I have two category of territories: Provinces and Dominions. Adjective for everything from provinces is provincial. Like Provincial Government, Provincial Roads, Provincial Courts etc.

What is a similar adjective for Dominions? Government of Dominion, Roads of Dominions etc. is starting to sound weird because I have to use them often.

  • 6
    Is it a historical context? You could use it as an attributive noun Dominion roads/courts etc.
    – fev
    Commented May 22 at 6:56
  • 2
    You could try to find out what the Dominions of the British Empire used, but I suspect it was simply attributive as @fev suggests.
    – Andrew Leach
    Commented May 22 at 7:36
  • @fev Is that like 'state' in 'state courts' instead of an adjective like 'national' or 'federal'? Will 'Dominion Courts' also flow just as smoothly for the reader?
    – EMS
    Commented May 22 at 11:53
  • @AndrewLeach I tried it. Looked through this. 121 times word dominion was used and not a single one them was used as an attributive noun. "Territories of the Dominions", "Legislation of the Dominions" they always used the long version. But, then again, this is official document, so maybe that is on purpose.
    – EMS
    Commented May 22 at 12:03
  • It is unclear what you mean when you say 'I have two categor[ies] of territories'. In what sense do you have them, so that you would need to use the term you are seeking? What is the context? The answer given below by LPH may be technically correct, but won't be readily understood by the majority of the present-day English speakers, who are likely to have encountered the term dominion only in the contexts that have to do with the history of the British Commonwealth.
    – jsw29
    Commented May 22 at 22:42

2 Answers 2


The adjective would be "dominial".

(SOED) dominial [f. DOMINION + -AL1] Of or pertaining to ownership.

(An Economic Survey of Ancient Rome: Haywood, R. M. Roman ...Tenney Frank · 1975) ... The regions assigned to dominial and other procurators from Vespasian on had foreshadowed a system of organization involving smaller territorial units.

Philadephia of Lydia became the center of a dominial region […].

  • 1
    This is very rare (I can't find it in any of the usual reputable freely available online dictionaries) and I'd expect to see an attributive usage or workaround instead. Commented May 22 at 11:25
  • 1
    @EdwinAshworth OED citation: “1876 Such a right was dominial rather than marital, and belonged to a man not so much as husband but as slave-owner. (Westminster Review No. 98. 333)” They have put it in Frequency Band 1, which is least common, but not marked it as rare. 18% of non-obsolete words are in band 1, 45% in band 2. The thing is that this is about ownership.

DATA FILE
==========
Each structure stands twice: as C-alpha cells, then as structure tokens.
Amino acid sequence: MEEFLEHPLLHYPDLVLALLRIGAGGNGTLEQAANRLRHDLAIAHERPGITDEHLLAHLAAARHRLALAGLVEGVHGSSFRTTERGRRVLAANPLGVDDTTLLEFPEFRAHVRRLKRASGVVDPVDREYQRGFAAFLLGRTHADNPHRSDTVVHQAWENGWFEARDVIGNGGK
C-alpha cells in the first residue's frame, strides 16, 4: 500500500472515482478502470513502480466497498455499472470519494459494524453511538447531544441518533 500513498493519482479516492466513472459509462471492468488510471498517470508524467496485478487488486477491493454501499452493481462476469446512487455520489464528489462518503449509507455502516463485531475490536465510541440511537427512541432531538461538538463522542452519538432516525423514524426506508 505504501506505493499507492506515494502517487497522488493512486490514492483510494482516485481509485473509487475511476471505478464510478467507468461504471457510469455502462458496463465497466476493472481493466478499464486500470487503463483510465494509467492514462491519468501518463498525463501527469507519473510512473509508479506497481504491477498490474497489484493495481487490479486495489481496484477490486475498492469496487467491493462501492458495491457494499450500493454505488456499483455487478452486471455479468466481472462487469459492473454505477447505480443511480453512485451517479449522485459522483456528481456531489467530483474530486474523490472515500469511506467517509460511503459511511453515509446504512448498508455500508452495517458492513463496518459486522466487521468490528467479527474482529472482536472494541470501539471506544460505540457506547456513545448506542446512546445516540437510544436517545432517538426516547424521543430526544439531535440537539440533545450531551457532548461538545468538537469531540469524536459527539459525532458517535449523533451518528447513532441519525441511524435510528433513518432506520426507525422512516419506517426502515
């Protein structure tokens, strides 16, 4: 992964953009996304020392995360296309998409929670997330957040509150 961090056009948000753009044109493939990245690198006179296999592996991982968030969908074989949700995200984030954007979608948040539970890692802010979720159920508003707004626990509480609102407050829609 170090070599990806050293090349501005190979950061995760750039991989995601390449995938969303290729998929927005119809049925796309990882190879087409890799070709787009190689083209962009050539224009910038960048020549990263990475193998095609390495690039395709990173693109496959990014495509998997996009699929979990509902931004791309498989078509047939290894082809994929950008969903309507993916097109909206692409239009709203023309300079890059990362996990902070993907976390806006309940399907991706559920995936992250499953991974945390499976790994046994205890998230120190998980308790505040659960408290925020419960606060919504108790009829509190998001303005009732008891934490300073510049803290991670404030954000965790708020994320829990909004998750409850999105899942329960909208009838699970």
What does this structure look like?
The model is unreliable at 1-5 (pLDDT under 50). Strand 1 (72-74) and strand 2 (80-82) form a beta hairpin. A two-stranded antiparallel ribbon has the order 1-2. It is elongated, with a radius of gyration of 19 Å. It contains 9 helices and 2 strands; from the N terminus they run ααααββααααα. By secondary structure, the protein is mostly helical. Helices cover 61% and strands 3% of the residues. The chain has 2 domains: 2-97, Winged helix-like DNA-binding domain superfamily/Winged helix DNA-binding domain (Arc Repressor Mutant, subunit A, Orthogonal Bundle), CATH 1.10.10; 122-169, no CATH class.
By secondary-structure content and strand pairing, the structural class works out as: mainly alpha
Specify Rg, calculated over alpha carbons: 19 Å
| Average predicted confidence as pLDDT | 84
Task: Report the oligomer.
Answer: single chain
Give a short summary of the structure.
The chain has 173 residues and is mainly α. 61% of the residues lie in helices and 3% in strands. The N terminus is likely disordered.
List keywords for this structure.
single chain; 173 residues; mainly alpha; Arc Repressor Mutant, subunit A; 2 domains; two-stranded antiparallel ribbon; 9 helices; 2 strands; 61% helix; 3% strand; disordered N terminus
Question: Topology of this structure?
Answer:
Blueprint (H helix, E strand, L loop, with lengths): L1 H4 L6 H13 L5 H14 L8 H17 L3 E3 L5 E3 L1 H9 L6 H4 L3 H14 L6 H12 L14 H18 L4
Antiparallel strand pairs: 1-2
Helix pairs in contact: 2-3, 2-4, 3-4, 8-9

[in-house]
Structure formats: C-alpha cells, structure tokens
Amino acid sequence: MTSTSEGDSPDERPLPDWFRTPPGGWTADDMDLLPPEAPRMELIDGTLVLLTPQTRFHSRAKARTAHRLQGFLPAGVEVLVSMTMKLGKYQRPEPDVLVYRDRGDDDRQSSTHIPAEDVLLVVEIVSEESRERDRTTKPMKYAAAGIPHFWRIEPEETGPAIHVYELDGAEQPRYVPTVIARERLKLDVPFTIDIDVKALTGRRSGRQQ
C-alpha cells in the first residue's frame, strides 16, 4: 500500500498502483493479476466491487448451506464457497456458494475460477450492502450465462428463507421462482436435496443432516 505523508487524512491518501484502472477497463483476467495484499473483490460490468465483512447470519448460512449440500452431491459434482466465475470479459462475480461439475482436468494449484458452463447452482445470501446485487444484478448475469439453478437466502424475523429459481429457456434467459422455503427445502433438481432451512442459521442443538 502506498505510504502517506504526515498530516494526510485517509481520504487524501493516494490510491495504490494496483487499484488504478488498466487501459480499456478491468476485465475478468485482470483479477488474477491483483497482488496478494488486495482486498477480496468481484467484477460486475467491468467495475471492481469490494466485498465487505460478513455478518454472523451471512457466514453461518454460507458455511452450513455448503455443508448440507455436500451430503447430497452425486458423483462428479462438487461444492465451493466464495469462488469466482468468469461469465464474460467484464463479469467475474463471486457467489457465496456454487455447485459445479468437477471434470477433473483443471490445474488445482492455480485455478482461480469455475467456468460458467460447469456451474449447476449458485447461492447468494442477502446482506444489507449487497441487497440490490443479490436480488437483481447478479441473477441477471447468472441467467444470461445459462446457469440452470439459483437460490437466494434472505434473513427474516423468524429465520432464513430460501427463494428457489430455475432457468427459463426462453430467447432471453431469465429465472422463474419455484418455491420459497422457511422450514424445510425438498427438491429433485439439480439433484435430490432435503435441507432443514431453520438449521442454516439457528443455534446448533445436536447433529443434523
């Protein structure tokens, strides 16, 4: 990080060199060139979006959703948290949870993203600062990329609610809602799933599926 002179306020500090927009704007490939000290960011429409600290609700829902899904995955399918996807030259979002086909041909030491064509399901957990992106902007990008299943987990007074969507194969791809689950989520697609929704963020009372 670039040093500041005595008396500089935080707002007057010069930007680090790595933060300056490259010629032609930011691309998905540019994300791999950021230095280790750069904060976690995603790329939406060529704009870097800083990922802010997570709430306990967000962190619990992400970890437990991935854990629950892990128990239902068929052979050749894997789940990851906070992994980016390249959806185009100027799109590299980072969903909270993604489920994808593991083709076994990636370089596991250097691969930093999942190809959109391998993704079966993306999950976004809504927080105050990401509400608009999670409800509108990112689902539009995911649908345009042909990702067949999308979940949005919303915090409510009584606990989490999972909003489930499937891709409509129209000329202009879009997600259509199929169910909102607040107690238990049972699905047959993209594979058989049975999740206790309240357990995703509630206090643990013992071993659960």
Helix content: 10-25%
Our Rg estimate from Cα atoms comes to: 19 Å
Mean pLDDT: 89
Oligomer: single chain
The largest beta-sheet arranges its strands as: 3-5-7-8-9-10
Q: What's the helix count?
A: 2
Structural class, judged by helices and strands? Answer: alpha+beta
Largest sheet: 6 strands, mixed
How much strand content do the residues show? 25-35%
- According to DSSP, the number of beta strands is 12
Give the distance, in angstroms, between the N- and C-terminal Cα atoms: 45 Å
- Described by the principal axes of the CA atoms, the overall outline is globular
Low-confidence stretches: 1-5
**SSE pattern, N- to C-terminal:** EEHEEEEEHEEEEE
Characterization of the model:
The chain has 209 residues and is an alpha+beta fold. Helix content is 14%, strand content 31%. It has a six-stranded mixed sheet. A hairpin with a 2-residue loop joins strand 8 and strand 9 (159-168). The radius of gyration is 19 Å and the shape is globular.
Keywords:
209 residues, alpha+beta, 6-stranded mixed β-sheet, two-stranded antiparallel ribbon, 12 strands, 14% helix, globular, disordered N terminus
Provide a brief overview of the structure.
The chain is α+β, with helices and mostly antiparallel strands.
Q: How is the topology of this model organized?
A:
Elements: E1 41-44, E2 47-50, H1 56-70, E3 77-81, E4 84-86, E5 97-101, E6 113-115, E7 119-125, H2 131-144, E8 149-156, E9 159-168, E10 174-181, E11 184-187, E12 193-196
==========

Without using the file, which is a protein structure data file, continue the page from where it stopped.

– tchrist
    Commented May 22 at 11:43
  • 1
    I came across this in when I was searching the web for an appropriate adjective but didn't use it as I was concerned average reader might not be familiar with the term. As @EdwinAshworth pointed out even most dictionaries seem to miss this.
    – EMS
    Commented May 22 at 11:55
  • 1
    @tchrist 'dominial rather than marital' is almost certainly using the sense 'relating to dominion' rather than 'relating to a dominion'. So even OED seems not to offer the 'relating to a dominion as opposed to state / province' sense (or you'd have shown this). I doubt OED lists frequencies by polyseme. Commented May 22 at 14:18

I'd guess that the Saxon genitive was used if required:

  • 'the dominion's roads' etc. But this count usage of 'dominion' is rare nowadays.

In related usages, the synonym 'domain' is often used attributively ('domain name' etc), and this is another possibility.

domain [noun]:

c. 1600, "territory over which dominion is exerted," from French domaine "domain, estate," from Medieval Latin domanium "domain, estate," from Latin dominium "property, dominion," from dominus "lord, master, owner," from domus "house" (from PIE root *dem- "house, household"). A later borrowing from French of the word which became demesne.

... Internet domain name is attested by 1985. [Though this is of course a broadened sense,] 'range or limits of any department of knowledge or sphere of action'.

[Online Etymological Dictionary]

Your Answer

By clicking “Post Your Answer”, you agree to our terms of service and acknowledge you have read our privacy policy.

Not the answer you're looking for? Browse other questions tagged or ask your own question.